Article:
Starlink: Battle for Atlas is the newest and perhaps only toys-to-life game of 2018. Playing it at this years' Gamescom, I had a chance to experiment with and examine the physical toys, as well as the game, for around two hours.
Before starting you have to select a pilot, a ship and the ship's loadout. Each one slots onto the controller's mounting interface with a satisfying click and thud. The toys, even the thinnest of pilots, feels impressively solid and weighty. While I pity anyone who accidentally stands on an errant missile launcher, I’m happy to report these toys won’t be too easily broken.
Once you’ve got all the pieces connected it does add a nice amount of weight to the controller, constantly reminding you of its physical presence. And as well as actual game-changing stats, which I’ll get into later, the ships are all unique looking toys, each with a distinctive design and colour scheme.
When I was finally done assembling my warcraft, the game began. I didn’t get to play the very beginning of the game, but it was close enough. In typical child-friendly fashion, the main narrative thread is easy to understand, with stereotypically evil villains and heroic good guys. Star Fox and his merry band of fighter pilots all just sort of turn up towards the beginning of the adventure, and continue to hang out because they can.
My first combat experience in Starlink was an outer space encounter with evil monks or pirates or both. While the controls were intuitive, I found this portion of the game a little hard to enjoy. With several enemies ships darting above and below me I struggled to hone in on an enemy with getting shot in the back. Although fairly forgiving, I got a little frustrated at only doing surface damage before having to wheel around in smaller and smaller circles to avoid fire.
But after that and a couple more cutscenes introducing the bad guys, I was let loose on the solar system and the planets. I had a lot of fun on the planets. Swishing around a planet's surface was great fun, launching up off hills and strafing around the various enemies was delightful. And there felt like a lot more to do here than out amongst the stars. One of my favourite side activities was scanning animals. These huge wandering creatures had to be encircled in order to be scanned, which often meant chasing them down and drifting in front of them when they tried to run.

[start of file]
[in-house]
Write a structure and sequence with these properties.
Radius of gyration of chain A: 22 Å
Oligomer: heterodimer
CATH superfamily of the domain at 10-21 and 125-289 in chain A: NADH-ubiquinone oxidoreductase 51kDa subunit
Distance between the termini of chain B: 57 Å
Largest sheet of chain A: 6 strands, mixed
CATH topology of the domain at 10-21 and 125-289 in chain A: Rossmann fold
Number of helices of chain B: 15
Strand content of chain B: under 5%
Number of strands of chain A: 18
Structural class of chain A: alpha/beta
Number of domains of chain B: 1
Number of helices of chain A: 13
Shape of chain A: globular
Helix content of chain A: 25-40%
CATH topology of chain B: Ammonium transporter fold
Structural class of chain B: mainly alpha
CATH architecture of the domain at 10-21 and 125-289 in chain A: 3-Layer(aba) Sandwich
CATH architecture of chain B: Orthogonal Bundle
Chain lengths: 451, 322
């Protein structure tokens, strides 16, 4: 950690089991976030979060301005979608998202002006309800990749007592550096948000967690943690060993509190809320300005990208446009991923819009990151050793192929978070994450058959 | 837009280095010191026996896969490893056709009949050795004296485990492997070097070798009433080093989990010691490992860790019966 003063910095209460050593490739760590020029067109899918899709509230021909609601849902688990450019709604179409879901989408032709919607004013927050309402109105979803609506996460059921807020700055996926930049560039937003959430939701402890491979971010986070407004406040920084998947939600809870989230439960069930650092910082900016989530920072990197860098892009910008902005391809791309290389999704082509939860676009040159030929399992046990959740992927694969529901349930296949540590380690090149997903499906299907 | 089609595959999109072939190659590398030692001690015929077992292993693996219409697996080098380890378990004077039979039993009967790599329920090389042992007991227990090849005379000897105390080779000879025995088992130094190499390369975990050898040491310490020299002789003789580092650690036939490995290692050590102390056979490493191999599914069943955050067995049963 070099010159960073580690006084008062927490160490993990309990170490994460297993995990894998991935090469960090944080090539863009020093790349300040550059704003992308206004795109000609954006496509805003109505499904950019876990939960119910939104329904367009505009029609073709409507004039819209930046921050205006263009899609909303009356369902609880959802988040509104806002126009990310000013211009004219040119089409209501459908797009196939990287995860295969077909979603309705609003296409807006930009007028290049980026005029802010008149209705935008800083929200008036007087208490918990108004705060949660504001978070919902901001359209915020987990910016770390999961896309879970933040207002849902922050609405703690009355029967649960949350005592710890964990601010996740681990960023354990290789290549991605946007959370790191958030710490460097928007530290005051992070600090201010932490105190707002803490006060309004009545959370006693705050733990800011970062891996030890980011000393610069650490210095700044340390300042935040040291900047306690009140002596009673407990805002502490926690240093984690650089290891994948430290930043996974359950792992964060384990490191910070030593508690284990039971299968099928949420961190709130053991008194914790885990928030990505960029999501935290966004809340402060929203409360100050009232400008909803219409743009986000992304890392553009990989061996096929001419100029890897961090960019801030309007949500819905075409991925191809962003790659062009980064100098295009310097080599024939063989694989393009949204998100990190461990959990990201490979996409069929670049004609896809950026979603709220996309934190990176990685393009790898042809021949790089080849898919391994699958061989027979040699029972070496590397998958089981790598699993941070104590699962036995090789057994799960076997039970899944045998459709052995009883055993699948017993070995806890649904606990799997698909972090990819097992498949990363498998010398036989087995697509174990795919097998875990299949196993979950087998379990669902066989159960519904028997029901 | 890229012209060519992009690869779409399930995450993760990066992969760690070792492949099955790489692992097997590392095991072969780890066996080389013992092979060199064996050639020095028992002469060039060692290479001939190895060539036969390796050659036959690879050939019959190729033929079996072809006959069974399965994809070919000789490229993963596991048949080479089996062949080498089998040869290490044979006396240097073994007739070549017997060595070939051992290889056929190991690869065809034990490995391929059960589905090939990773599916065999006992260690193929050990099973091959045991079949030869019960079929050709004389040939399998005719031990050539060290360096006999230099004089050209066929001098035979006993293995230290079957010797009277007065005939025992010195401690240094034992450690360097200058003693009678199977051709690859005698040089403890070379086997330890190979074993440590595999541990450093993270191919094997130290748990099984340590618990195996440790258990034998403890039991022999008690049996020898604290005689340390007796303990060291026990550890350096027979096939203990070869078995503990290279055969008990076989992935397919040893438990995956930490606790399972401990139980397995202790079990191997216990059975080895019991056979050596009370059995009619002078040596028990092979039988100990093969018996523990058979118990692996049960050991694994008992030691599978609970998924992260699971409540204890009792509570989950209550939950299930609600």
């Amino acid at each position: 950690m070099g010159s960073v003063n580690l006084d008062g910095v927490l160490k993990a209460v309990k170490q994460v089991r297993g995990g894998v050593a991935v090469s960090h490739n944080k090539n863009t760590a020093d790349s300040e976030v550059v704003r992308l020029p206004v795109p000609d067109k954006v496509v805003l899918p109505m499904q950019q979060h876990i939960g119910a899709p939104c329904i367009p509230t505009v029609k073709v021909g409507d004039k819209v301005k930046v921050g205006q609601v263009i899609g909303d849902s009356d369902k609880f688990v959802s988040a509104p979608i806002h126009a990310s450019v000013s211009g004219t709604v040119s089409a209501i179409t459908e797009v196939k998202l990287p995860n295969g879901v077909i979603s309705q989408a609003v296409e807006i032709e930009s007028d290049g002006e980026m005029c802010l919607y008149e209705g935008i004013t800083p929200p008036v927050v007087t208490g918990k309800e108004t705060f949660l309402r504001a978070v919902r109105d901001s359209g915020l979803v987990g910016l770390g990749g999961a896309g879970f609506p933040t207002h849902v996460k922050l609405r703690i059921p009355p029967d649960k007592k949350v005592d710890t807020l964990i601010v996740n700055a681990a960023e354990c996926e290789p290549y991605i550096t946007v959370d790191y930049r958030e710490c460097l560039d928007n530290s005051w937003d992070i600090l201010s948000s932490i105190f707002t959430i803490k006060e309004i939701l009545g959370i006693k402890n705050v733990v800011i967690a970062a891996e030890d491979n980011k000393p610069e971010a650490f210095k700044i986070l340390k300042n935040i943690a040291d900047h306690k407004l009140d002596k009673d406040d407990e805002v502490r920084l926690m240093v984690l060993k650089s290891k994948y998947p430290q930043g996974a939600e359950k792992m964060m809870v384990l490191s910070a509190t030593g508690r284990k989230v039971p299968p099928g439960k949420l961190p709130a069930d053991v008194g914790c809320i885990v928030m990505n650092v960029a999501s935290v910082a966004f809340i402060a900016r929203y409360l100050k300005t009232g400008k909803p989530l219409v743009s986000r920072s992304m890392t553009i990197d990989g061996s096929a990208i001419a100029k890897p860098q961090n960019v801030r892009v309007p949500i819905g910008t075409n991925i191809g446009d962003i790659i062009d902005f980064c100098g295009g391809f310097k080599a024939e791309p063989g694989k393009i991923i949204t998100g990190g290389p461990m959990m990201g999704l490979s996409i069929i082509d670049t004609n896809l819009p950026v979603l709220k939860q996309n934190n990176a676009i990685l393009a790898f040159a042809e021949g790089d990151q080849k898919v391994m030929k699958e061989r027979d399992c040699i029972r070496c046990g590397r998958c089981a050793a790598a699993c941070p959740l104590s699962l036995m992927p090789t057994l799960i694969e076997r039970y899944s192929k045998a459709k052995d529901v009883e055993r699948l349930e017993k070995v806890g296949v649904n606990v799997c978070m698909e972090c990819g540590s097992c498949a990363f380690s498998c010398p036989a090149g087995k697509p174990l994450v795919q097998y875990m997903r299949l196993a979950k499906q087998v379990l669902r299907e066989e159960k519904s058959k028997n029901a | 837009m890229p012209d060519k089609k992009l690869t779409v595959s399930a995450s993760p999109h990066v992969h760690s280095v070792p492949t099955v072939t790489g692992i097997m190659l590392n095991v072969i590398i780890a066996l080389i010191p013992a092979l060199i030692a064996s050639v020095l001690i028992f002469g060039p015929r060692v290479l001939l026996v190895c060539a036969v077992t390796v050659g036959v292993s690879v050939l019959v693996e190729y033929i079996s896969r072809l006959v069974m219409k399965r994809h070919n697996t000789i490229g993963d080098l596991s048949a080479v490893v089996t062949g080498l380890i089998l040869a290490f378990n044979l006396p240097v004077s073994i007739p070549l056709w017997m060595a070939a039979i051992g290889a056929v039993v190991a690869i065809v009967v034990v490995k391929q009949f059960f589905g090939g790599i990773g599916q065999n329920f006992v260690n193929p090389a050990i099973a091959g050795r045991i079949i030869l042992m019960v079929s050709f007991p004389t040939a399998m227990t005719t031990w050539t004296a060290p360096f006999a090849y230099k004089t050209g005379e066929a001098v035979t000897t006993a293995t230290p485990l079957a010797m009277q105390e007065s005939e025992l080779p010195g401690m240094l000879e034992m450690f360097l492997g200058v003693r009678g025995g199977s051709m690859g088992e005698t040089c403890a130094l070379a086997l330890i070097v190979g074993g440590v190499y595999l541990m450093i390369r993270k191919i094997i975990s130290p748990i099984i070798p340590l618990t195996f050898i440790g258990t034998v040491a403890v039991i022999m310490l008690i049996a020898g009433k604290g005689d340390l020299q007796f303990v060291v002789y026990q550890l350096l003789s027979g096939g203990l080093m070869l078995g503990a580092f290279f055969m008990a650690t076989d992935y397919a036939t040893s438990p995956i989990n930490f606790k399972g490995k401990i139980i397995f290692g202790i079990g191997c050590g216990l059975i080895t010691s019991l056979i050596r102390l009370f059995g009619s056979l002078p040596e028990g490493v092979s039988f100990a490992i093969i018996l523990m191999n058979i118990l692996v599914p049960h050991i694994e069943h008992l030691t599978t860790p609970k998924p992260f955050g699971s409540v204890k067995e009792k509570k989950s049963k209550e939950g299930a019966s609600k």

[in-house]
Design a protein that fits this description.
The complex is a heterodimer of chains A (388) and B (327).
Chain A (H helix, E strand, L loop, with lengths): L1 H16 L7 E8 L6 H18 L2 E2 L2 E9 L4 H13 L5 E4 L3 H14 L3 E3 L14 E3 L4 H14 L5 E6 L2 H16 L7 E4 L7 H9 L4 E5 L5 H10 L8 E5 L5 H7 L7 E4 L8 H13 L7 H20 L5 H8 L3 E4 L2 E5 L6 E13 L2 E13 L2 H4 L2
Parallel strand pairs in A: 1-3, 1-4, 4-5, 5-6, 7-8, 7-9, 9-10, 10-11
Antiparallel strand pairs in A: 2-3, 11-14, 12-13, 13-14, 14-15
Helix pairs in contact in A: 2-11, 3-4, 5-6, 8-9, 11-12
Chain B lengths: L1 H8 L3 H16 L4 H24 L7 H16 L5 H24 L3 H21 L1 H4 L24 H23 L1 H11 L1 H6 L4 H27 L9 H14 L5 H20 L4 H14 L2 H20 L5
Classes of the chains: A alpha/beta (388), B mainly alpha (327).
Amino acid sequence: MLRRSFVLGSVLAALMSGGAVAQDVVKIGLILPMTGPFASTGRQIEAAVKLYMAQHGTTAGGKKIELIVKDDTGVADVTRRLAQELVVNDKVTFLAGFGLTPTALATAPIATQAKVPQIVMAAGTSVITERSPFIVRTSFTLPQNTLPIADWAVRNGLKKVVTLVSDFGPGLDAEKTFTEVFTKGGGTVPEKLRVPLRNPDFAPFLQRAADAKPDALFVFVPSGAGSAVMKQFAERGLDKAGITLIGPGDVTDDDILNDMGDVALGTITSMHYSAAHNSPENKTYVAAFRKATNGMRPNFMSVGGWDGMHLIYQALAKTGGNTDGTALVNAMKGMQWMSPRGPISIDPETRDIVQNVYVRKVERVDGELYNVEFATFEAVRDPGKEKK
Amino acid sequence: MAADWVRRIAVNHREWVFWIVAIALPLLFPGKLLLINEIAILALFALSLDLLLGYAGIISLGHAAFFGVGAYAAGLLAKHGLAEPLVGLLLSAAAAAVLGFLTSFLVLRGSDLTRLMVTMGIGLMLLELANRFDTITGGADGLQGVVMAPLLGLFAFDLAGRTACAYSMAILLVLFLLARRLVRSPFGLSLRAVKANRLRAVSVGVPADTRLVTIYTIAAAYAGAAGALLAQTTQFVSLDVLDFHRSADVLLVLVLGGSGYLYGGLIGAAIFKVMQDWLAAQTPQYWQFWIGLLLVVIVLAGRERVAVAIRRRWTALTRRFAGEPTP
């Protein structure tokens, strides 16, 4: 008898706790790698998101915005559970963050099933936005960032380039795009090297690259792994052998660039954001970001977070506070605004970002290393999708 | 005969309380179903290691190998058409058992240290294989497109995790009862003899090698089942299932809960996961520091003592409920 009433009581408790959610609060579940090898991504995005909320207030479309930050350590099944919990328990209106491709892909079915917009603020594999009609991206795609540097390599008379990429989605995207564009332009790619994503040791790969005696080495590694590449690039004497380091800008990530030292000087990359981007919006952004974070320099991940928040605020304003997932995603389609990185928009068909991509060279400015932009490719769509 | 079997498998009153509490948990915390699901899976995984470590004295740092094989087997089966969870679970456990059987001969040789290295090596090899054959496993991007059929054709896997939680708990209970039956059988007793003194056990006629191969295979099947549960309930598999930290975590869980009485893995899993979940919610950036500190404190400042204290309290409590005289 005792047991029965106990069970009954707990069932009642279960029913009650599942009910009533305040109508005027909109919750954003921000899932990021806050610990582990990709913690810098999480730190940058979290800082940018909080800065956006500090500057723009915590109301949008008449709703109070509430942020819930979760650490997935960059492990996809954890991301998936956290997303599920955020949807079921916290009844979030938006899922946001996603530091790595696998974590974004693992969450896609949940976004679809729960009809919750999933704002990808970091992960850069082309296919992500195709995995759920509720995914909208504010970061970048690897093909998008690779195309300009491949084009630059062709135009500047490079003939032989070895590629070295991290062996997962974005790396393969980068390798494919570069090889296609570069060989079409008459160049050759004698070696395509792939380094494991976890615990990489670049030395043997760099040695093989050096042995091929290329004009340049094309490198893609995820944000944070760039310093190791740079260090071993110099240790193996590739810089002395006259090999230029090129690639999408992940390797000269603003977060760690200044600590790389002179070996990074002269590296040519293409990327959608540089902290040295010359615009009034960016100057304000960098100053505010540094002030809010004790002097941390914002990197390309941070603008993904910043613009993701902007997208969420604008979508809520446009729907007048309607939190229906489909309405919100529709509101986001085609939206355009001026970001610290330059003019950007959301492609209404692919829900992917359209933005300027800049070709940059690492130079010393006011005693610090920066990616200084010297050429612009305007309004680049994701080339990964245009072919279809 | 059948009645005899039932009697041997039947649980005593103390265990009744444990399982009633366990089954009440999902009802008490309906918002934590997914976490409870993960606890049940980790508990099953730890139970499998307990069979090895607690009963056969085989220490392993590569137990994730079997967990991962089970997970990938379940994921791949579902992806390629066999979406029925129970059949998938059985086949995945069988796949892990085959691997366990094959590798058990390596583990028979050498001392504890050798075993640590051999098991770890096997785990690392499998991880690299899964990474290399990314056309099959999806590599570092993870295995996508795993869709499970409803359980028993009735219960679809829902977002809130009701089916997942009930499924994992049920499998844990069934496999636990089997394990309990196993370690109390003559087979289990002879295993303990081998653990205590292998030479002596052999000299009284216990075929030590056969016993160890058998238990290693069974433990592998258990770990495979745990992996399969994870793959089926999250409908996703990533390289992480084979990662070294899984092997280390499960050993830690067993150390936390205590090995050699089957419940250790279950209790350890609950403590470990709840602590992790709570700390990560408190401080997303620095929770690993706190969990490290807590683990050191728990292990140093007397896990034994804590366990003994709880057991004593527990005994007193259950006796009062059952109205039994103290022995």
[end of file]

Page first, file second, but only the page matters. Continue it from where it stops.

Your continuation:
It was also planetside where I could feel the biggest difference between the ships. While some are balanced, others are exclusively built for speed or endurance. None have more than two weapon slots, but the ships do change the way you come into a fight. This comes into play even more since the ships also determine how many lives you have. Should one ship be destroyed, you’ll have to unplug the toy and continue the fight in another. Swapping from a tank to a flanker means quickly adapting for the fight. It’s a good idea, but perhaps one that children might not fully understand.
Darting around the planet, and jumping across to a few other ones was great fun. Watching the story progress and the characters all interact with each other was nice too, and meant I could quickly swap out to play as my favourite one and swear never to use the annoying young human boy. Swapping the weapons was also a lot of fun. The game would helpfully hint at what weapons work on what enemies, but it's your choice if you want to play your way. And the weapons all felt entirely different, even when doing roughly the same thing. Some weapons sent out vortexes that damaged enemies and could be augmented with elemental powers if you shot them with your other weapon. On top of that, each weapon acted as either flamethrowers, shotguns, missiles or even railguns.
The journey towards the boss and the end of my time with Starlink was perhaps the most disappointing portion of my session. Throwing down not one, not two but three spires was repetitive and underwhelming. I was worried going into the boss fight that the original ideas had already dried up, but the fight itself was wonderful.
The creature was huge, with smaller regular enemies spawning around it. While nothing completely mind-blowing, the fight had me boosting around and launching attacks at weak points before dashing away again. The boss fight also included clashes with the smaller foes while I had to watch out for the boss to launch its huge attacks in the background.
I think Starlink could be a tremendous success. And I wouldn’t be nearly as worried for it if it had come out a few years ago. While it has next to no competition at the minute, it also doesn’t have much of a market. Skylanders, Lego Dimensions and all the others quietly sank under the weight of their price and no one seemed too upset.
The Star Fox name will surely bring in some fans, at least for the Nintendo Switch version, and personally I really enjoyed my time with Starlink. Whether Ubisoft Toronto's game can reignite the genre is a wholly different matter, though. We'll know soon enough, with the game due to be available on October 16th for PlayStation 4, Xbox One and Nintendo Switch.